Posted on: 17 September 2021
Solar battery banks are essential to all setups meant to provide backup or all-day power. There are plenty of ways to assemble solar battery packs, and that can create a choice problem. If you haven't made the leap yet, here are a couple of things that may guide your decision.
Type of Batteries
You have four possible options. There is the traditional flooded lead-acid battery, AGM, gel-cell, and lithium.
Flood lead-acid batteries are similar to the ones that companies have used in cars, boats, and even small planes for years. They don't charge or discharge at 100% amperage, and they tend to be high-maintenance. Particularly, you'll need to add distilled water to keep them working. Also, you must store them in a warm place to keep them operating at peak efficiency.
AGM stands for absorbent glass material. The AGM battery is something of a successor to the lead-acid model. The main benefit is they provide full charging and discharging at max amperage. They're also maintenance-free and spill-proof. AGMs tend to be more expensive.
Gel-cell is the most physically durable model. They have similar charging and discharging inefficiencies to lead-acid. However, they are as maintenance-free as the AGMs. Also, the batteries will keep running even if they are physically damaged. Gel-cells are similarly more expensive than the lead-acid models.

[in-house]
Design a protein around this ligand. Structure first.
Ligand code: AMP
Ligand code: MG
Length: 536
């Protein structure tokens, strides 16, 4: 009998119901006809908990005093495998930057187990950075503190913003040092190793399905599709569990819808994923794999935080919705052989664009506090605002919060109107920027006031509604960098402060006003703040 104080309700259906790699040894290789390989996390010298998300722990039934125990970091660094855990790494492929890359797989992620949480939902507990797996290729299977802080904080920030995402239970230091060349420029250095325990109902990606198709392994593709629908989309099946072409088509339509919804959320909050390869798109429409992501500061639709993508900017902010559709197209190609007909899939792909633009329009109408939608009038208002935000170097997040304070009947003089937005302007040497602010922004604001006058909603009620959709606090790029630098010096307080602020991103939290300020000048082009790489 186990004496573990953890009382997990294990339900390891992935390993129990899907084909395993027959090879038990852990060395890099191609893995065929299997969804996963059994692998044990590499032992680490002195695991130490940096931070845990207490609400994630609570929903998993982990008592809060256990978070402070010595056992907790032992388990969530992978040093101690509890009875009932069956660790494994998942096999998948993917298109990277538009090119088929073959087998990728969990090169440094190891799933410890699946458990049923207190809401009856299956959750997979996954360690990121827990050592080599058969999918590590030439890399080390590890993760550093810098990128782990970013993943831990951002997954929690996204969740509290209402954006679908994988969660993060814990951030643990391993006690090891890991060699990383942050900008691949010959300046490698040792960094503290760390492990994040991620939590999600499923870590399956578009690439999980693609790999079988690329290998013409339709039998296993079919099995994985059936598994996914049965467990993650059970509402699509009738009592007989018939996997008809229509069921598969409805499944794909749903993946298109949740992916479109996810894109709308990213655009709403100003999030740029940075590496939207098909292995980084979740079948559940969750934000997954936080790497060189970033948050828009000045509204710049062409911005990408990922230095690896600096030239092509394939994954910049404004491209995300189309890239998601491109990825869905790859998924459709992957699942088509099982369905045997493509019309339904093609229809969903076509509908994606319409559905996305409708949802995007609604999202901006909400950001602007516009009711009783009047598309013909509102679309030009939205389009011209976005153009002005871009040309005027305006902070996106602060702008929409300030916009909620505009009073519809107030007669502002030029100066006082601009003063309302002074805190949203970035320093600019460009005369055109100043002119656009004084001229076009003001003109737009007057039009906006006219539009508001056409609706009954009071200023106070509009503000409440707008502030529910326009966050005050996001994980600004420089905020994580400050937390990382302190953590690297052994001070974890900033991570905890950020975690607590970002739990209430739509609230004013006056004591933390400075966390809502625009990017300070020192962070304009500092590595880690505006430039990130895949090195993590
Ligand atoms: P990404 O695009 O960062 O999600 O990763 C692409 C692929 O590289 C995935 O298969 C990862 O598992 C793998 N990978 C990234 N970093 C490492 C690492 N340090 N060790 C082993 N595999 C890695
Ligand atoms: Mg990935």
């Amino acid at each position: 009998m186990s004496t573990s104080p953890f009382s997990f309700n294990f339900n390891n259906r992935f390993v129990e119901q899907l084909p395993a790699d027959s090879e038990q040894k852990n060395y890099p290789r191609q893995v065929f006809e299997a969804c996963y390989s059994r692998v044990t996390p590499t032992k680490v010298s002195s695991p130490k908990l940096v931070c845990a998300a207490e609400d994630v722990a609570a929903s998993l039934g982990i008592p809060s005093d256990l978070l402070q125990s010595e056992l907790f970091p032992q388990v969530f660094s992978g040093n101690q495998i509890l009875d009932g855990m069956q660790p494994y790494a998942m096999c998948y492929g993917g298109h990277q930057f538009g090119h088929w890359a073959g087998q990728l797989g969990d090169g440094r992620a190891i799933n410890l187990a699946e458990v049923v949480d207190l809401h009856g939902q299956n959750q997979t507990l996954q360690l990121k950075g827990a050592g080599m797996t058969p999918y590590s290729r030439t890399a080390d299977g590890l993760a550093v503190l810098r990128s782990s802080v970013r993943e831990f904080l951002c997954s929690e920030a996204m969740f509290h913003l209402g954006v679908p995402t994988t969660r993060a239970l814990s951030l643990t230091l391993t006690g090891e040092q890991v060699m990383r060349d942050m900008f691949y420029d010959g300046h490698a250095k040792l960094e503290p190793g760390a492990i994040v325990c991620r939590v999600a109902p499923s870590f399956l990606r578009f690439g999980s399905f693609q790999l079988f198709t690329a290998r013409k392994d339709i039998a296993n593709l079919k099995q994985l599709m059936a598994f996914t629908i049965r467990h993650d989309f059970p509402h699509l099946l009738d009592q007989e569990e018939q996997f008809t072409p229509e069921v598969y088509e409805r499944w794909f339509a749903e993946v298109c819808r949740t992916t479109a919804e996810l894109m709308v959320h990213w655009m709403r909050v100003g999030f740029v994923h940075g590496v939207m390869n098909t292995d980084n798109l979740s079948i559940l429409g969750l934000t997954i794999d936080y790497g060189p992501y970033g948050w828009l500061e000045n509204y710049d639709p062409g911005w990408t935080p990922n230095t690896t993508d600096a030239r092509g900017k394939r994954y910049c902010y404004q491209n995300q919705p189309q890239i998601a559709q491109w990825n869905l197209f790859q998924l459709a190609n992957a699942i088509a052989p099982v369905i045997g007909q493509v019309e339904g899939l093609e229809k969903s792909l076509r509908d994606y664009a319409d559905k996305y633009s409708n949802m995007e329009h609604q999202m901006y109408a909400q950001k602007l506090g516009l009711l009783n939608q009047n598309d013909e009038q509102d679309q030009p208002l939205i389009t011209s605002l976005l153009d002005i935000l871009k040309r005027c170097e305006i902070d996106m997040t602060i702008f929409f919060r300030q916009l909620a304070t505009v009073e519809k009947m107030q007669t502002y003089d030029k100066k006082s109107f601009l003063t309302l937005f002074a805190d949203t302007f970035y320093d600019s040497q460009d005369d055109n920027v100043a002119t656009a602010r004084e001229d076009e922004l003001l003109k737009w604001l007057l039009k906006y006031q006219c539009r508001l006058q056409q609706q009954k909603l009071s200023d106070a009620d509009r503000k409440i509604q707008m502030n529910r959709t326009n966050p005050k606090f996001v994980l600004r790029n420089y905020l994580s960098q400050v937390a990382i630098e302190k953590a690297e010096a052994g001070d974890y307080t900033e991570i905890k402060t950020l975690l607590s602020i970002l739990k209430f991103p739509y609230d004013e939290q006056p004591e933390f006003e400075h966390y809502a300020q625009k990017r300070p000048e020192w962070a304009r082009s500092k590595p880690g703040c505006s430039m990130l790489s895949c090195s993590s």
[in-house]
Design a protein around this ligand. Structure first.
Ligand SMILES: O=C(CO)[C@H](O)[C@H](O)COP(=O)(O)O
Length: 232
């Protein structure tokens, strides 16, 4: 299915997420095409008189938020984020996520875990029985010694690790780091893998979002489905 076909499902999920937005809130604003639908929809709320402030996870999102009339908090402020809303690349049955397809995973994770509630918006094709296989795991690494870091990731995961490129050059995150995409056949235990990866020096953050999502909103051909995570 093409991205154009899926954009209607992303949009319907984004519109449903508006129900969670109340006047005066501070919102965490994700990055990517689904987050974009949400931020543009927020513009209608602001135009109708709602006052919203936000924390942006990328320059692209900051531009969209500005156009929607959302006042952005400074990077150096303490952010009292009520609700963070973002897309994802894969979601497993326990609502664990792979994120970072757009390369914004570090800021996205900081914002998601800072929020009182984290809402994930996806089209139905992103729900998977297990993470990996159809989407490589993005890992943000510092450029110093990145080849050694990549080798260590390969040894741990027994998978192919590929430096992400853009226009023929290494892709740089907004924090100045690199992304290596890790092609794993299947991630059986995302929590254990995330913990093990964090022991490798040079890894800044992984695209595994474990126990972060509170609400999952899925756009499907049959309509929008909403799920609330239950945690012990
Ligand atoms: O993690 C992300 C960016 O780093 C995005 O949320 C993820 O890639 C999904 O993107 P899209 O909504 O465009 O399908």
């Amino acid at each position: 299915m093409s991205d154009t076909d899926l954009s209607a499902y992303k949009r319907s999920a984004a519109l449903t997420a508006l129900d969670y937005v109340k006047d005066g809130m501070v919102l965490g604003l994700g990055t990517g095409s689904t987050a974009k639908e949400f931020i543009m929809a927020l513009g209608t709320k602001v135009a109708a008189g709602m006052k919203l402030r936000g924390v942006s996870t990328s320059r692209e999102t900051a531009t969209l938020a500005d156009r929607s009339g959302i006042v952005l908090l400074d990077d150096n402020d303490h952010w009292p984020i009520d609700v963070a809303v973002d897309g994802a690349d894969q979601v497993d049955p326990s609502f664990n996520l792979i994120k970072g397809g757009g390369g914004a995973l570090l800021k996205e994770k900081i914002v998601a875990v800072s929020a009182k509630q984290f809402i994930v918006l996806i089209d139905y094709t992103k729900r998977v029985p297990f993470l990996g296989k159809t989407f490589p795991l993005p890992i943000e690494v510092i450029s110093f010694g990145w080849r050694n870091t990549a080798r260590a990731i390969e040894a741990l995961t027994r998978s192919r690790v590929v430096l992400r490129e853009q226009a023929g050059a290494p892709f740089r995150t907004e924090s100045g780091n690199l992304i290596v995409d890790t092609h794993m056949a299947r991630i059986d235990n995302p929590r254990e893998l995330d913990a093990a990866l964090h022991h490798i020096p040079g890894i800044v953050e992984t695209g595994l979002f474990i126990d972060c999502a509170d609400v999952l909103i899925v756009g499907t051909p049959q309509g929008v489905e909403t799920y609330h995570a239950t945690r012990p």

Lithium is the same battery type you'll see in many mobile electronics. It tends to provide the greatest recovery of stored electricity, giving back about 8 kWh for every 10 you put in. Lithium batteries tend to be the most expensive, but they're also more compact and efficient.
The size of your preferred solar battery banks will depend on your use case. If you're looking to go fully off-grid, you'll likely have more solar cells. That means your solar battery packs must store enough juice to get you through the days and nights during the shortest daylight periods of the year. Folks storing backup power need to have enough for their worst-case power outage scenario.
It's best to attach a wattage meter to every electrical device you intend to tie to your solar battery banks. Use the peak wattage so you can calculate the worst-case scenario. If you need 0.2 kilowatts to run your fridge and freezer, for example, multiply that by 24 hours to determine total needs. That would be 4.8 kWh of juice per day.
You'll need to factor in efficiency. To supply 4.8 kWh on an 80% efficiency system, for example, you'd need 6 kWh of total storage to provide sufficient overhead.
For more information, contact a local company, like Tier 1 Solar.Share